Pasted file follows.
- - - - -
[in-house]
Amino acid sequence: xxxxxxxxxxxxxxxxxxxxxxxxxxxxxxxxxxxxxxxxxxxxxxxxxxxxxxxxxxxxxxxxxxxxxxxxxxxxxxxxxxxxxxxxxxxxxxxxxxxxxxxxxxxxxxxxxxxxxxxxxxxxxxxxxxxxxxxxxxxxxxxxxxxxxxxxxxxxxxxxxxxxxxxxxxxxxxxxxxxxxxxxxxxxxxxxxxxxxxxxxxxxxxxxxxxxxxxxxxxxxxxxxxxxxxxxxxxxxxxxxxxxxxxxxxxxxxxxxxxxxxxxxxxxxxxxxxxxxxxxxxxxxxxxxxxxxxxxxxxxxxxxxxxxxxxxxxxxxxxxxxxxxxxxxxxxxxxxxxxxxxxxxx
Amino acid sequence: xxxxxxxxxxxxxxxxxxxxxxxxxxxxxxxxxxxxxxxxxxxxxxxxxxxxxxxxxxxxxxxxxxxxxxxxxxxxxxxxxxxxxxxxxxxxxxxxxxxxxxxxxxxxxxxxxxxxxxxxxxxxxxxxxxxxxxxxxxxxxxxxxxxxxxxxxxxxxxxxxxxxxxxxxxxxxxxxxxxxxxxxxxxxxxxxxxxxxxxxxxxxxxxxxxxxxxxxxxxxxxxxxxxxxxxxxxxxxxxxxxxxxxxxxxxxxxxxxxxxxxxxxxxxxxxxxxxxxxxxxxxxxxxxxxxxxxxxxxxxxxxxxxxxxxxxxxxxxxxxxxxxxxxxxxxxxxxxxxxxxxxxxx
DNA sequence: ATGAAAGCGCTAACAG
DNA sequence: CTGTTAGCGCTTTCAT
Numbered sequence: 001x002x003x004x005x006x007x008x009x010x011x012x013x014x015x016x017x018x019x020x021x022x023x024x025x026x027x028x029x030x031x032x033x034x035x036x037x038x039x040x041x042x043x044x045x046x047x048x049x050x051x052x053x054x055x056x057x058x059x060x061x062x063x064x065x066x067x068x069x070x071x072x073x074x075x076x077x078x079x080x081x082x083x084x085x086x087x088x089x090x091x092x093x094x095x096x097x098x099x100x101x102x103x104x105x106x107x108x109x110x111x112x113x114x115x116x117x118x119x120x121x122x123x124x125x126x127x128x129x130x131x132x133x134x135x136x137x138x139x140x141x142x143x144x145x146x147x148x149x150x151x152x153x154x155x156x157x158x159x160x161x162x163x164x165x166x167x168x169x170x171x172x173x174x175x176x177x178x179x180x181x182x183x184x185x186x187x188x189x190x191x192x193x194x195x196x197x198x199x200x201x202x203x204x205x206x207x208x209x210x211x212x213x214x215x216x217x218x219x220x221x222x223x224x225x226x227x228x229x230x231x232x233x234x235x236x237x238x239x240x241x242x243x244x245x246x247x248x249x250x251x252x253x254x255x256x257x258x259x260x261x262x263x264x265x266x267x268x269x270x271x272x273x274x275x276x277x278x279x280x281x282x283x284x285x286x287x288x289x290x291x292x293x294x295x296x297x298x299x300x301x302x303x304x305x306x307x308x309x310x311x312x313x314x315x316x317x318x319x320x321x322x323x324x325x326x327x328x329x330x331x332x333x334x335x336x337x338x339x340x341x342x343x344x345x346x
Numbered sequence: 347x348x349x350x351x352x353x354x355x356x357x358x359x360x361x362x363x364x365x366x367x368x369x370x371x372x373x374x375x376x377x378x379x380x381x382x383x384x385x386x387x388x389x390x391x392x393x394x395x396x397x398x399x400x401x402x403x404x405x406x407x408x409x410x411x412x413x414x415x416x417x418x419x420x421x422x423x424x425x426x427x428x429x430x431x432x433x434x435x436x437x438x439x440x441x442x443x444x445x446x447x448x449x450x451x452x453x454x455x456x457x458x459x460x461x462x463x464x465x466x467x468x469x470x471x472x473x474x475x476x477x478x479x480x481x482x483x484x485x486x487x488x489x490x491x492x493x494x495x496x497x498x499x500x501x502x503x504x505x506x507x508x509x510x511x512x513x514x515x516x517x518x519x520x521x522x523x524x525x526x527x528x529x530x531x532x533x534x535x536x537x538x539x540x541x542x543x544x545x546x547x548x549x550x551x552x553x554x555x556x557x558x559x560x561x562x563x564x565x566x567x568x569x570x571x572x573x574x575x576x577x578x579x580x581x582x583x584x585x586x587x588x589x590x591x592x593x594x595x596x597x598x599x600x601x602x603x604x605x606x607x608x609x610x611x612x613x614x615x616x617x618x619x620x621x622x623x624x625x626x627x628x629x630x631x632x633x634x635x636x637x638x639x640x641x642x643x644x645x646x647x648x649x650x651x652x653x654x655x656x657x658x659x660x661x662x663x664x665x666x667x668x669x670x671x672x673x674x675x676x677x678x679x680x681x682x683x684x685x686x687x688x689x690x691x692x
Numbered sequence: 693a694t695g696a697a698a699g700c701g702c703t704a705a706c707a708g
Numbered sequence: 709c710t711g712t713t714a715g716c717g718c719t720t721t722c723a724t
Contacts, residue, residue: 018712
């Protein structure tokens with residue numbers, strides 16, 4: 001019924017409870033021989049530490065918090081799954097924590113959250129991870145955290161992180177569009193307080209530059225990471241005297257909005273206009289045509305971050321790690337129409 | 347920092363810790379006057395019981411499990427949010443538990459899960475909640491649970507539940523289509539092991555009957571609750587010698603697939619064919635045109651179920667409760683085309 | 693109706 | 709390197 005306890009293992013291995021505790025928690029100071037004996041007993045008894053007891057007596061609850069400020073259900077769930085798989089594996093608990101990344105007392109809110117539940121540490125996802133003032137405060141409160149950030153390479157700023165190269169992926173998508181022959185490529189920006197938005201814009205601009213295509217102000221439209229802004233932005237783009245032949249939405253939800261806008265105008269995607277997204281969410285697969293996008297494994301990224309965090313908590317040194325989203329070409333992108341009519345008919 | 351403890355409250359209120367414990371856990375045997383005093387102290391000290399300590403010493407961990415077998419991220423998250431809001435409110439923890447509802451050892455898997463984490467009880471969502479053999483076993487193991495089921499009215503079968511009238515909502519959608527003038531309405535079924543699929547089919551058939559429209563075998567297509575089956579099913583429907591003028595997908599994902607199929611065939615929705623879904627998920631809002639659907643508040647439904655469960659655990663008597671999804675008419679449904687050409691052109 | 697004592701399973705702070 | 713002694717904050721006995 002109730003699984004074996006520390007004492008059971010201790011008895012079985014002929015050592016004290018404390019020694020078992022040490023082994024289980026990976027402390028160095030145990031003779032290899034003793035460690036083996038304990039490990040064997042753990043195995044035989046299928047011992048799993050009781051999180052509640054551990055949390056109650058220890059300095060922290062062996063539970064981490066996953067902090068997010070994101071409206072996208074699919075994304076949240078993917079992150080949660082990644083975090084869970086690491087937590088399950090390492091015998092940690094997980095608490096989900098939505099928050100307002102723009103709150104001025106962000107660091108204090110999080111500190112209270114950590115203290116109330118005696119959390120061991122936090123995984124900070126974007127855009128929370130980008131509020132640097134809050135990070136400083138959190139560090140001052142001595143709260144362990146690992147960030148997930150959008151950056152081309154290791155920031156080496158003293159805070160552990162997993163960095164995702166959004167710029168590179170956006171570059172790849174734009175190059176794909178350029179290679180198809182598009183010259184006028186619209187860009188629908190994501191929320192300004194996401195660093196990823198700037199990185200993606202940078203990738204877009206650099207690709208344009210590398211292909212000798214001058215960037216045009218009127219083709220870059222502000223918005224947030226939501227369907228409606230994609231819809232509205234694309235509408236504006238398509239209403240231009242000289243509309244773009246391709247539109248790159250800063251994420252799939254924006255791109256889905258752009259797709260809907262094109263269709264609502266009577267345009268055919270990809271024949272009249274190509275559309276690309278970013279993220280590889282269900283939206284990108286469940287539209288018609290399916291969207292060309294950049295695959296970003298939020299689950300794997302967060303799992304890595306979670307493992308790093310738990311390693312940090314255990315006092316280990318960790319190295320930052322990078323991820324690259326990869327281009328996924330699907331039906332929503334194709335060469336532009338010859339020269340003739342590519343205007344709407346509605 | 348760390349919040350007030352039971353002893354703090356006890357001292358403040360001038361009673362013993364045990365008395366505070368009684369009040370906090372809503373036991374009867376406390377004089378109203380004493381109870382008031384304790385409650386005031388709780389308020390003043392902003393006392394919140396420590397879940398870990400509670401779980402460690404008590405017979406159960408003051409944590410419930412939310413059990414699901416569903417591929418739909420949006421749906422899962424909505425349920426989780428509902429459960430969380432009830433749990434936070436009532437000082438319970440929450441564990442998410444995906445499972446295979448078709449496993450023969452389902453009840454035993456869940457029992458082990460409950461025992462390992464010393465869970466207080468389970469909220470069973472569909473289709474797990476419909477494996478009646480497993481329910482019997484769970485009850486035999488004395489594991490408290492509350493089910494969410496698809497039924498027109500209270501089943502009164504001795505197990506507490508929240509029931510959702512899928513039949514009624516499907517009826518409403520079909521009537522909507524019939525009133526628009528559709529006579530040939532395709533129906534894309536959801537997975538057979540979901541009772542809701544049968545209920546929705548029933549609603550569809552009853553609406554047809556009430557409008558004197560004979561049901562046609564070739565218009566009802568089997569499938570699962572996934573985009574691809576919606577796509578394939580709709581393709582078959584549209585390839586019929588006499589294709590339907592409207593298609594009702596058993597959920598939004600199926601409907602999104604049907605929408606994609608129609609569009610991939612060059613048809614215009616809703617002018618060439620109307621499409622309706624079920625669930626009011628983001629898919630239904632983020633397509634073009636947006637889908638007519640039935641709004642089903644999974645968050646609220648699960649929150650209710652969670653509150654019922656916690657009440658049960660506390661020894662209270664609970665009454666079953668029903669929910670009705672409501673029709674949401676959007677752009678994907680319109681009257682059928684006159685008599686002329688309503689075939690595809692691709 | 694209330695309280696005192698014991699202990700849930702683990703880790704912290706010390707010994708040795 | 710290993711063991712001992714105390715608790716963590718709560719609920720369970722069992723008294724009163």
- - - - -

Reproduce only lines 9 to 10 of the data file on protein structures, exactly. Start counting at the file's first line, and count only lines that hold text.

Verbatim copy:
Numbered sequence: 709c710t711g712t713t714a715g716c717g718c719t720t721t722c723a724t
Contacts, residue, residue: 018712